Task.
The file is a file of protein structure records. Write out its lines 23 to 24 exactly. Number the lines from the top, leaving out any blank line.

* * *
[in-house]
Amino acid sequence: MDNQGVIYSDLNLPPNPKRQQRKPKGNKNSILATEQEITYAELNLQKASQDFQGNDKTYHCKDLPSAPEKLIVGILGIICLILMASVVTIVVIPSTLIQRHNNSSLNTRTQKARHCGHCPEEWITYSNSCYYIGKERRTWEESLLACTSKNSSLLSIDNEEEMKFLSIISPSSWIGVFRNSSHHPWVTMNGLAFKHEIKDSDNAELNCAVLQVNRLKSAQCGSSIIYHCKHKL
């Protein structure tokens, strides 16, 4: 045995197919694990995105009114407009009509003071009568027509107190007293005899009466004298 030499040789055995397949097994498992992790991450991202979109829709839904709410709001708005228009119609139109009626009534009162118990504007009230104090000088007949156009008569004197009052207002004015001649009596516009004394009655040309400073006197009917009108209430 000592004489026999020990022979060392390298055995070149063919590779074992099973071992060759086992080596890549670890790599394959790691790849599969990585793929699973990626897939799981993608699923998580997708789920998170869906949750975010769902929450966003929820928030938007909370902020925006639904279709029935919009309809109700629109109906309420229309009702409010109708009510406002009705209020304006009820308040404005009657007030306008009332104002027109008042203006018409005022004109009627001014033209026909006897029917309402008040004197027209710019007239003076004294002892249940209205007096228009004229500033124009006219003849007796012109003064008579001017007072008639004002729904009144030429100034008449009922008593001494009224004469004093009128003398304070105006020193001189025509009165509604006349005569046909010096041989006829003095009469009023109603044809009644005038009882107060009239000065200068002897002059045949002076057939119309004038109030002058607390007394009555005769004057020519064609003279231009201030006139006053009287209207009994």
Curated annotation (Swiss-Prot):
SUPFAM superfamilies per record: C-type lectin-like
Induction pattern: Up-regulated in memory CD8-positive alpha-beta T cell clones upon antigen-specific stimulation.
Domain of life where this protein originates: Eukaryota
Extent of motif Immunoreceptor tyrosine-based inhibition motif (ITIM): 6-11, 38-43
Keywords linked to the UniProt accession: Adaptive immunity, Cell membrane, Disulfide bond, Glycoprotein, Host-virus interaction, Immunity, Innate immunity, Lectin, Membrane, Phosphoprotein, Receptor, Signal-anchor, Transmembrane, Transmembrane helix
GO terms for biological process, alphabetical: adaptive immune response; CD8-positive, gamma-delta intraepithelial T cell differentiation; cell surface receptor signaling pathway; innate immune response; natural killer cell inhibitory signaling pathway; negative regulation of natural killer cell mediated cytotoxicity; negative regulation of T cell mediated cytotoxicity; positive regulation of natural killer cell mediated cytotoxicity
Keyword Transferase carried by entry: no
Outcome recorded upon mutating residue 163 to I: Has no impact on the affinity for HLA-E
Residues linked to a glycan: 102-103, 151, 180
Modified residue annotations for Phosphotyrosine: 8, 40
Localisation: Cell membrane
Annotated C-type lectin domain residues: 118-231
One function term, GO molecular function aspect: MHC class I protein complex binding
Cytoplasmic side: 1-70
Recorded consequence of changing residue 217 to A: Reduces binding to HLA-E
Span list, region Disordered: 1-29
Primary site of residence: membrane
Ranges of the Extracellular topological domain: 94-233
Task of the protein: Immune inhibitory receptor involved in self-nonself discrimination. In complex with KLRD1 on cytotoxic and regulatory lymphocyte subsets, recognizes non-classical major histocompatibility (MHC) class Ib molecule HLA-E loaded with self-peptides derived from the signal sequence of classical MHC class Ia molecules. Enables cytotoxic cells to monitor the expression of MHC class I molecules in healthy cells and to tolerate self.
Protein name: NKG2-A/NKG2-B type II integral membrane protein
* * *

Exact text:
Task of the protein: Immune inhibitory receptor involved in self-nonself discrimination. In complex with KLRD1 on cytotoxic and regulatory lymphocyte subsets, recognizes non-classical major histocompatibility (MHC) class Ib molecule HLA-E loaded with self-peptides derived from the signal sequence of classical MHC class Ia molecules. Enables cytotoxic cells to monitor the expression of MHC class I molecules in healthy cells and to tolerate self.
Protein name: NKG2-A/NKG2-B type II integral membrane protein